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December 21, 2006 - Image 39

Resource type:
Text
Publication:
The Detroit Jewish News, 2006-12-21

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A smart way to lose weight

The Fast
Of Tevet

W

hat: Asarah be-Tevet.
Fast day which com-
memorates the besieg-
ing of Jerusalem by the Babylonian
king Nebuchadnezzar in 586 B.C.E.
When: Sunday, Dec. 31. Fast
starts at sunrise and ends at sun-
down.
Who: Nebuchadnezzar. King of
Babylon (605-562 B.C.E.). After his
victory over the Assyrian-Egyptian
alliance, he conquered lands from
the Euphrates to the Egyptian fron-
tier, including Judah.
After Judah rebelled, he took
Jerusalem in 597 B.C.E. He
replaced king Jehoiachim with
Zedekiah, and took captives back to
Babylonia. Subsequently, Zedekiah
rebelled and Nebuchadnezzar
invaded Judah again. In 586 B.C.E.,
he captured and destroyed the
Temple, and expelled the Jews from
Jerusalem (II Kings: 24-5).
Why: In Jewish tradition, there
are three kinds of fasts: statutory
public fasts, special-public fasts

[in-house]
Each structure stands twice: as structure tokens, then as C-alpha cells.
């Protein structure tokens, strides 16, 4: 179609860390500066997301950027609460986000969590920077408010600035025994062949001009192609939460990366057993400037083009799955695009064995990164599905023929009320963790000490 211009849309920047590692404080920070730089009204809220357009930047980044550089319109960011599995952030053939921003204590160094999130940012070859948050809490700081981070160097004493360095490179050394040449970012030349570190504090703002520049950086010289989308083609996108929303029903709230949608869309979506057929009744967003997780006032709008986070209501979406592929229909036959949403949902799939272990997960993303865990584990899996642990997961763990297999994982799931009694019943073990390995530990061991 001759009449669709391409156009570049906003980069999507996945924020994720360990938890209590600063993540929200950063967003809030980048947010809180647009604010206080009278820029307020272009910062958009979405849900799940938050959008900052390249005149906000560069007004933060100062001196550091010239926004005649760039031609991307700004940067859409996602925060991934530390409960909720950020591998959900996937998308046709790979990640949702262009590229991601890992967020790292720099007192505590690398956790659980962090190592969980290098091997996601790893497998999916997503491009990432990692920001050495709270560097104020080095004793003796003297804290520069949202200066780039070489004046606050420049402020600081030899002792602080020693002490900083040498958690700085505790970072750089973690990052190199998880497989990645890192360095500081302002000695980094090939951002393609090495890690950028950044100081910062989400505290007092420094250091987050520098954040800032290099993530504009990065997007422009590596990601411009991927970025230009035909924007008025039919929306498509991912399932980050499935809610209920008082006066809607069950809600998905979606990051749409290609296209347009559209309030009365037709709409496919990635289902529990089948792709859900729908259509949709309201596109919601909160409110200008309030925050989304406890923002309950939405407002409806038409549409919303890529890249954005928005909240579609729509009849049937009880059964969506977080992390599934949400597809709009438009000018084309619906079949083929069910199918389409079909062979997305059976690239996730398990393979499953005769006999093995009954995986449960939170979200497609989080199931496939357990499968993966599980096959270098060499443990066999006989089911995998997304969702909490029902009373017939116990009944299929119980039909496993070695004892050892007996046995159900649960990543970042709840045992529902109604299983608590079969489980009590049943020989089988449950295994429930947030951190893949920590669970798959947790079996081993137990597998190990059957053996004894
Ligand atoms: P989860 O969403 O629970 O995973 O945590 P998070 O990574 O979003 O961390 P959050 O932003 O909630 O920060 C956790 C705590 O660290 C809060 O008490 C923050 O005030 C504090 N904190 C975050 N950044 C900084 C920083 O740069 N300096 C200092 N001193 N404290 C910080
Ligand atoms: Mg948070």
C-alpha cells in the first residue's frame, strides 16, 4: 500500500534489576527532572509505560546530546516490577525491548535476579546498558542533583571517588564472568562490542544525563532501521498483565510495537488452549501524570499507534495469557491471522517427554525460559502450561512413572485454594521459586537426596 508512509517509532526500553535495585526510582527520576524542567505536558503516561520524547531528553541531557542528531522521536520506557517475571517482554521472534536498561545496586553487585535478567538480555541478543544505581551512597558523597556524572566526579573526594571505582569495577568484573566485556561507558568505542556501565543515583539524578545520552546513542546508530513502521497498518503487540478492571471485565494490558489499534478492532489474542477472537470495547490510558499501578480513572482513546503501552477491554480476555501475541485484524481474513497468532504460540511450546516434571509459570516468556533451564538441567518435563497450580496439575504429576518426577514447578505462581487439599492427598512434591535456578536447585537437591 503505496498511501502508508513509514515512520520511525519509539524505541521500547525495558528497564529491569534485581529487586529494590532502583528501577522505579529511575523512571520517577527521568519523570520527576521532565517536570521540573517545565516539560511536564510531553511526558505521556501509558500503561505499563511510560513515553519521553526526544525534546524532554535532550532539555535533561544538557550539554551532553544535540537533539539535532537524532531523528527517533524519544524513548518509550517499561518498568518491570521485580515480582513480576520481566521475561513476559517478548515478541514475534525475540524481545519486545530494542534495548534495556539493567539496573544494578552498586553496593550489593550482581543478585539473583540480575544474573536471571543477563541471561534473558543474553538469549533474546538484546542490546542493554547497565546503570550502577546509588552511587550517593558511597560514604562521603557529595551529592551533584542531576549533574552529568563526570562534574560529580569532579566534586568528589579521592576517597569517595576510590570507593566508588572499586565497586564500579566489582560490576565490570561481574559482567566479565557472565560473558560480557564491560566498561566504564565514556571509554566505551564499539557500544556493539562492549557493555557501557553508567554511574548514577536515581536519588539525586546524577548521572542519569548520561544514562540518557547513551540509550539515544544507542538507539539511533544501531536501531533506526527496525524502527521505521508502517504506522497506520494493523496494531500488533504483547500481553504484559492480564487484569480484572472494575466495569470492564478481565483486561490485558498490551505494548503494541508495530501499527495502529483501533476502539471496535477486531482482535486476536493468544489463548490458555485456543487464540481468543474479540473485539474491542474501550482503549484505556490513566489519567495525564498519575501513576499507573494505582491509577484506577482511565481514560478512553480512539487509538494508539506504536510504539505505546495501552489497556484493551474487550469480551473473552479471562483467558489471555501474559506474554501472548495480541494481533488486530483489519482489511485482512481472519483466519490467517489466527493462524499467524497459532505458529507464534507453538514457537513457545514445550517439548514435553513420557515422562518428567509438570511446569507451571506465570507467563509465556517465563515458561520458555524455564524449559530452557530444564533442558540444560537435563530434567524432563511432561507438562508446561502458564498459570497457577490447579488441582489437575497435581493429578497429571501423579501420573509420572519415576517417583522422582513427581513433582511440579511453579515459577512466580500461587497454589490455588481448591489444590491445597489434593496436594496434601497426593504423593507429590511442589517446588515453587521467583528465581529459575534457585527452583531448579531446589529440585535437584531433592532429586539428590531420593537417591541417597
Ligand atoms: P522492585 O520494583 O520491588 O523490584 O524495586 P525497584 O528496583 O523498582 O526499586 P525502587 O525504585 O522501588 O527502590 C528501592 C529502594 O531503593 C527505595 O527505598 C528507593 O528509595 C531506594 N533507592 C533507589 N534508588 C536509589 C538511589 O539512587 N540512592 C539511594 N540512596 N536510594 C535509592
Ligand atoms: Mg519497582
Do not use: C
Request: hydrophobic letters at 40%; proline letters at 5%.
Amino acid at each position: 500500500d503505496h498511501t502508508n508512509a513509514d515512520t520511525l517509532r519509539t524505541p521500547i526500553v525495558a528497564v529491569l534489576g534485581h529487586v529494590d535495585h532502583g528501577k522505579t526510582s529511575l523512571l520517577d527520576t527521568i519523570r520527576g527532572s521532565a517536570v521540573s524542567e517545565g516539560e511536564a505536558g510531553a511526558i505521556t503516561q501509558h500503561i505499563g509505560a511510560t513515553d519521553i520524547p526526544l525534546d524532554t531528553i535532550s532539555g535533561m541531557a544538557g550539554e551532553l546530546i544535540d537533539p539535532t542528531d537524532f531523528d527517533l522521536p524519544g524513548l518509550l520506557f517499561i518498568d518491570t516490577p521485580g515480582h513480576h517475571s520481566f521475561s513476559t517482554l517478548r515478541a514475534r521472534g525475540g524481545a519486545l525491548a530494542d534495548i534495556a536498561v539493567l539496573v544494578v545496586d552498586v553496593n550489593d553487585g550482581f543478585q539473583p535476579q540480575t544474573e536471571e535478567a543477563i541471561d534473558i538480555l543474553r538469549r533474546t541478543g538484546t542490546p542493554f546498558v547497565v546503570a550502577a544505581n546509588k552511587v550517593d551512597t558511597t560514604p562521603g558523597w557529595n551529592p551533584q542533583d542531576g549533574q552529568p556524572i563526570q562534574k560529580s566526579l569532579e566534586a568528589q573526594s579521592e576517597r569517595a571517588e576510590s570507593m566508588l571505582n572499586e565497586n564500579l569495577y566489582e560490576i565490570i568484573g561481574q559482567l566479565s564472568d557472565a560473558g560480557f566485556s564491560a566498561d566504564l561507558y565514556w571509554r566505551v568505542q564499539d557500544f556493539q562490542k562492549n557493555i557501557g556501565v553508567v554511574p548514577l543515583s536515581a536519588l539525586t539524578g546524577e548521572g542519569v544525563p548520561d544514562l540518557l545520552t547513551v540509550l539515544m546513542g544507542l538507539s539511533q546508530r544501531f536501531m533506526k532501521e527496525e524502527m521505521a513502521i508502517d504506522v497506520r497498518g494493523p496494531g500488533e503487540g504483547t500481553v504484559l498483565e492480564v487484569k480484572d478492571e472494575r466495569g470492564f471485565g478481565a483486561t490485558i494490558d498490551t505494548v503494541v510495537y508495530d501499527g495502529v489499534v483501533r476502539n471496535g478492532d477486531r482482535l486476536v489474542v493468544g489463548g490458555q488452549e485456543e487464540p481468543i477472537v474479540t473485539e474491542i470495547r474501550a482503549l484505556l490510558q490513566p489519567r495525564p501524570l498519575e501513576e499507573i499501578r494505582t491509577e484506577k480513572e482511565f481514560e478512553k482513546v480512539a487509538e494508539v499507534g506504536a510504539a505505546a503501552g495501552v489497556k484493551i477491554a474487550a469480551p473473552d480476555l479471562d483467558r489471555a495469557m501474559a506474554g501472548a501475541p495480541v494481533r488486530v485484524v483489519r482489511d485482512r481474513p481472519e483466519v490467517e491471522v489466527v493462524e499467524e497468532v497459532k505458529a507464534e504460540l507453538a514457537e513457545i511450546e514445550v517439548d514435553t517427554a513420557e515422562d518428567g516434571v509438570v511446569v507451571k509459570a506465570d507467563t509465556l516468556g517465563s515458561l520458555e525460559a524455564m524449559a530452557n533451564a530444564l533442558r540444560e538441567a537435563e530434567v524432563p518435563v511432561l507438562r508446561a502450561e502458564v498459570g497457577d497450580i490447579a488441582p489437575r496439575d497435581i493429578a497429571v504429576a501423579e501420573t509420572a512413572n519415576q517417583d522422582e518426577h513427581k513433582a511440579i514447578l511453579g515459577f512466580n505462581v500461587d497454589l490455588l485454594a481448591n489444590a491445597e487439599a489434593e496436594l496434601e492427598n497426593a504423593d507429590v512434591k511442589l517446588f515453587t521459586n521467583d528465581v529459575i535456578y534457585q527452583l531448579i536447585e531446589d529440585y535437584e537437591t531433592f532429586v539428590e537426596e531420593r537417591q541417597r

decreed in times of calamity and
private fasts. Private fasts were
often observed in times of threat or
danger, to display piety or to mark
lifecycle events.
Fasting is an ancient rite that was
often used to express devoutness,
induce visions, express sorrow,
mourning or asceticism or as an
aid in preparation for revelation or
for a sacred meal. Judaism, which
is generally not an ascetic religion,
employs fasting as an expression
of piety for purification, atonement
or commemoration, with the goal
of leading Jews to more ethical
behavior.
There are six Jewish statutory
public fasts, of which two — Yom
Kippur (the Day of Atonement) and
Tisha b'Av (the Ninth of Av, com-
memorating various tragedies of
Jewish history) — are considered
major fasts, lasting from sundown
to sundown. The other four are
considered minor fast days, which
last from sunrise to sunset on the
same day.
Four of these fasts are connected
to the destruction of the Temple in
Jerusalem, and two of them (Yom
Kippur and the fast of Esther) are
observed for unique reasons. 1 _1

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December 21 . 2006

39

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